Archive for Tuesday, August 27, 2013

Roberts says war with Syria likely

August 27, 2013


U.S. Sen. Pat Roberts said today that it appears the United States is headed for war in Syria, especially in light of recent reports that government forces there used chemical weapons against Syrian rebels.

"I don't see any way out of it," the Kansas Republican said in a speech to the Lawrence Chamber of Commerce during a luncheon this afternoon. "I think (President Barack Obama) has to use military force."

But Roberts said he believes the American people are "war-weary" and he does not believe military action will involve sending ground forces into Syria.

"We're not going to put boots on the ground," he said. "I don't think this president would put boots on the ground anyway. He is taking boots off the ground. He did that in Iraq."

Roberts' comments came on the same day that the White House said it was considering military options, but that those options do not involve taking down the regime of Syrian President Bashar Hafez al-Assad.

During his speech in Lawrence, Roberts indicated that he doesn't believe the president has decided what the aim of any U.S. military action should be. And he strongly urged the president to consult with Congress before taking any action.

"Whatever is done is going to have to be done strategically and with considerable thought, and really change the outcome of what happens in regards to Syria," Roberts said. "I am not sure the president is ready to do that."

Roberts was in Lawrence Tuesday as part of a statewide tour while Congress takes its traditional August recess.

In his remarks to the Chamber of Commerce audience, Roberts also spoke about several other issues pending in Washington, including the possibility of a federal government shutdown if Congress cannot agree on a budget before Oct. 1.

Some congressional Republicans have talked about refusing to pass a budget that includes funding for the Affordable Care Act, also known as "Obamacare." And the president has indicated he will not sign a budget that does not include funding for his foremost legislative program.

Starting Oct. 1, people without insurance can start shopping for subsidized coverage in state-based exchange markets. And starting Jan. 1, most adults will fall under a mandate to either have health insurance or pay a tax penalty.

Roberts, who has been a staunch opponent of that program, said he doesn't believe the federal government is ready to implement those provisions.

"Even though it's been three years since the bill was passed, you'd think people would have enough time to at least figure out what the exchange is going to be," Roberts said. "We don't know what the questions (are) that you are going to ask me. I don't know, they don't know. That's the problem."

But Roberts said he doesn't know whether the sharp and partisan divisions over health reform will lead to a government shutdown.

"It may come to that because people think this is such a serious issue," Roberts said. "I still don't think that will happen. I think there will be an alternative. What that alternative is, I don't know, but we will have meaningful dialog in the Republican caucus."

The Associated Press contributed to this story.


Richard Heckler 7 months, 2 weeks ago

"While unusually detailed, the assessment does not include photographs, recordings or other hard evidence to support its claims. Nor does it offer proof to back up the administration’s assertion that top-ranking Syrian officials — possibly including President Bashar al-Assad — were complicit in the attack."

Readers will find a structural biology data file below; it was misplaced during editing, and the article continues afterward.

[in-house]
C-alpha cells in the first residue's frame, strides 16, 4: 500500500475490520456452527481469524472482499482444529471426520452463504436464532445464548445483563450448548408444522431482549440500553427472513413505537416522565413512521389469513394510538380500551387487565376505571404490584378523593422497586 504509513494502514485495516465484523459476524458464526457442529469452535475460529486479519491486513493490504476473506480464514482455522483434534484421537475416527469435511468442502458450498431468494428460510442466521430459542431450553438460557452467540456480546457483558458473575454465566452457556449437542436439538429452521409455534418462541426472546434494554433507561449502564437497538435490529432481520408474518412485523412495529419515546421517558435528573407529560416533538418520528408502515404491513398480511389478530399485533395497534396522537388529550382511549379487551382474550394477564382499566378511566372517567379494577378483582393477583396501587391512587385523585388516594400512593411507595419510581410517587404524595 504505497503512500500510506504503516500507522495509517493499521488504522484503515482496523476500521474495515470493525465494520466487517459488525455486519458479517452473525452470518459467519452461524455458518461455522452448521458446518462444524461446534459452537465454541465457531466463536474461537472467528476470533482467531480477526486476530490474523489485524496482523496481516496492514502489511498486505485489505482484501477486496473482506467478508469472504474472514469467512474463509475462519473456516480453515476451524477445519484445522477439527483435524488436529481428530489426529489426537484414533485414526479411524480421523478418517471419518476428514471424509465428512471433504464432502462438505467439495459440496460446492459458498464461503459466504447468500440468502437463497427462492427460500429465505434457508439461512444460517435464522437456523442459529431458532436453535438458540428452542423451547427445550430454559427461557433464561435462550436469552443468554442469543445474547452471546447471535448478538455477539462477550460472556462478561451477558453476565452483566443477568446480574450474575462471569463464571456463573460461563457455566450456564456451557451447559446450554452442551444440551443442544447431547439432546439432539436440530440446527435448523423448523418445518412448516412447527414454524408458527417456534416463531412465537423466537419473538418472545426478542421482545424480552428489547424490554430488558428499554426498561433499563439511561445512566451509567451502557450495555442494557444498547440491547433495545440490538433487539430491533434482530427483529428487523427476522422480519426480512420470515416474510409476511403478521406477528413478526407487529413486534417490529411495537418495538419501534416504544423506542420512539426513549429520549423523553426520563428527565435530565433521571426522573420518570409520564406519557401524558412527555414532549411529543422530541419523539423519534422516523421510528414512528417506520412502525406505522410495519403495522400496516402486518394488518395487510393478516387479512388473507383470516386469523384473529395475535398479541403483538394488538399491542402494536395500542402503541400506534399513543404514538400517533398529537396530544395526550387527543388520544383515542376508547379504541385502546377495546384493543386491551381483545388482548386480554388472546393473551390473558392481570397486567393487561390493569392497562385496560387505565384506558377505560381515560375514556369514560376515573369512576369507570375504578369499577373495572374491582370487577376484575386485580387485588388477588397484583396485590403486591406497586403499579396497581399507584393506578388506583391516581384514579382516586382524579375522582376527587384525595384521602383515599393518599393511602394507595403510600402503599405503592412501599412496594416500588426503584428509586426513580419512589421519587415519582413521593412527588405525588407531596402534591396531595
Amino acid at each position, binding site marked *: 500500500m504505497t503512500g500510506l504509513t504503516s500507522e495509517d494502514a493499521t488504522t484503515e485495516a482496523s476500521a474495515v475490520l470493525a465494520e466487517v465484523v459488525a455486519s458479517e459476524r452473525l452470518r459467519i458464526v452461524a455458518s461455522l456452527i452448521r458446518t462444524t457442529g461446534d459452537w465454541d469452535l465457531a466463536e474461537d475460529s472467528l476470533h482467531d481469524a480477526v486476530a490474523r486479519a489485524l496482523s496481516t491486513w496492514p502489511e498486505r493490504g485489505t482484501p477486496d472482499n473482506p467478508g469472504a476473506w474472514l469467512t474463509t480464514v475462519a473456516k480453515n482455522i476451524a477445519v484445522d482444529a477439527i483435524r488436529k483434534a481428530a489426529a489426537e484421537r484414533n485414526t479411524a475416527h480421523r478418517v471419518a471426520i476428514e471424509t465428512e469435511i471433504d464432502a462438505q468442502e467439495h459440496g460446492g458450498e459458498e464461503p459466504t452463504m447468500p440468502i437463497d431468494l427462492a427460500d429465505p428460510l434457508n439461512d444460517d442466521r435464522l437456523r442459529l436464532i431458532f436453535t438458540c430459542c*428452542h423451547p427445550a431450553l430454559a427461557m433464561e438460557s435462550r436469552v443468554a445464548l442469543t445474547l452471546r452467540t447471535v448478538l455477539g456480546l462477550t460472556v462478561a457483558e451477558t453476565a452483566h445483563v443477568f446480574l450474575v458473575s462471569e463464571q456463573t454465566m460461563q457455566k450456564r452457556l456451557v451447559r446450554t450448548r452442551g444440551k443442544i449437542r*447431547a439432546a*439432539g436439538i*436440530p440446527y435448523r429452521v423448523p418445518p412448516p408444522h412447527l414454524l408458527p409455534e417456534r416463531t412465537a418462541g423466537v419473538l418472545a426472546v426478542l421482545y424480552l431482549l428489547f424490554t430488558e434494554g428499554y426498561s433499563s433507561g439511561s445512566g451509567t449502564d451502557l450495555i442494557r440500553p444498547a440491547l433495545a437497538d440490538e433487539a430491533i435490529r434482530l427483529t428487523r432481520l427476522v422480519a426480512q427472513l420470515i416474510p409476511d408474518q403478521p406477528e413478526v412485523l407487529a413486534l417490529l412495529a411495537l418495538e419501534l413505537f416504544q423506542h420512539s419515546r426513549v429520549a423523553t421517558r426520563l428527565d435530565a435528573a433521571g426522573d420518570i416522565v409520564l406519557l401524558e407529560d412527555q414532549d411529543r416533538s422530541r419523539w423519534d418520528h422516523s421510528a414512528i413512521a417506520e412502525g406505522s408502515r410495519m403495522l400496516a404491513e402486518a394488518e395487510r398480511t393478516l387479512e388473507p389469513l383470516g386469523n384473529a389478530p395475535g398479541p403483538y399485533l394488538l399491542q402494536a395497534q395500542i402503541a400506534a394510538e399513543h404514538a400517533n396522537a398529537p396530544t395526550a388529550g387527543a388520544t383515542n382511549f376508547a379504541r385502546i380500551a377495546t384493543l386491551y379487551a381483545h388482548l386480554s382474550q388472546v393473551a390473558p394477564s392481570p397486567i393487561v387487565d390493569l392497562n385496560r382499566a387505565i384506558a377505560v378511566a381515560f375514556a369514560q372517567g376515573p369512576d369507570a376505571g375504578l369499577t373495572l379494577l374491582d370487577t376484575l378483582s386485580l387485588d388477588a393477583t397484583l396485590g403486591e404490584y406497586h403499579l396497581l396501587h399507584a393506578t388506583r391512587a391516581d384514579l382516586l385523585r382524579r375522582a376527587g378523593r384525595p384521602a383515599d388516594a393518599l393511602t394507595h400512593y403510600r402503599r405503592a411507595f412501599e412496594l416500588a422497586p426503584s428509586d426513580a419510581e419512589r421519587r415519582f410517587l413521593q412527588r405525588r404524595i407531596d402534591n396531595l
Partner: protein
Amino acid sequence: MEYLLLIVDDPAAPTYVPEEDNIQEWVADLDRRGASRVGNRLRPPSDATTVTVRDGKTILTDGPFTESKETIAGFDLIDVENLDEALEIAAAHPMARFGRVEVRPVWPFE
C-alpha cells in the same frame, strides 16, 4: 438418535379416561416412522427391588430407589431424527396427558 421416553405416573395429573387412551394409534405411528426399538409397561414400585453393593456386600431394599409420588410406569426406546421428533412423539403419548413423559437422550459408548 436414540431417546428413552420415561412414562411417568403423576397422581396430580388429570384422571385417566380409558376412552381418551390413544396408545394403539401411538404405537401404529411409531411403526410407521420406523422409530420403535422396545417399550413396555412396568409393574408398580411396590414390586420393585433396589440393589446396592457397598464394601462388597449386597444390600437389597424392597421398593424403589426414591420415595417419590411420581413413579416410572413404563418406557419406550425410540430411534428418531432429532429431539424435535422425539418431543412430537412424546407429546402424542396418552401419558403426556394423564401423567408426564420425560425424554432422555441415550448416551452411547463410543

Who would the USA attack with no hard evidence?

It seems to me politicians should keep tough talk to themselves rather than back themselves into a corner. Remember Iraq had no WMD's yet GW attacked in spite of NOT KNOWING. 11 years later the USA is mired and has expanded the war based on no hard evidence.

Strategic Errors of Monumental Proportions


juma 7 months, 2 weeks ago

Islam, moslems, mohammedans; whatever they are called all I ask is that all boggers who support this worthless and another involvement in the moslem world just go live there for a year and see the truth!


Trumbull 7 months, 2 weeks ago

This is terrible and brutal what is going on in Syria.

But getting involved in another country's civil war by use of selective force or bombing will likely lead to more chaos and tragedy. I definitely think the UN should go in and gather facts about what happened...which they are now doing. Perhaps justice can be accomplished without further violence meant to serve as justice.


Richard Heckler 7 months, 2 weeks ago

USA intelligence knew of and watched step by step the chemical attack... yet did nothing to interrupt? The question becomes how is it the USA government can launch an attack based on an attack that perhaps could have been subverted?


Richard Heckler 7 months, 2 weeks ago

Where is the Secretary of Peace?

Where is the industry designed around peace and goodwill?


Richard Heckler 7 months, 2 weeks ago

Roberts figures this is the GOP ticket back to the White House. Yes encourage Obama to follow BUSHCO.


The USA military is not in favor of invading Syria. Has been making that case for weeks yet too many white collared politicians don't give a damn. This is how the USA went into Iraq..... against the advice of the military brass.

Strategic Errors of Monumental Proportions


LJ Whirled 7 months, 3 weeks ago

The only reason to bomb Syria would be to prevent further embarrassment for Obama, who shot off his mouth. Given that the press is totally in bed with Barry, I think he needs to shrug it off.

Perhaps we could arm both sides, and make sure they don't leave the area, then bomb whoever is left in a year or two.

Syria might make a nice Palestinian homeland.


jayhawklawrence 7 months, 3 weeks ago

Senator Roberts is a very funny guy with a lot of political talent. It is unfortunate that he belongs to the wrong political party at this time in history. I like the man, but we need to use a different strategy on Syria.

War is usually a bad choice.

The United States cannot become a country that is easily drawn into war.

We are the most powerful nation in the history of mankind. We have to be the example of a country that finds alternatives to war. We have to change history. This is our responsibility. We can do this. We can choose alternatives to war.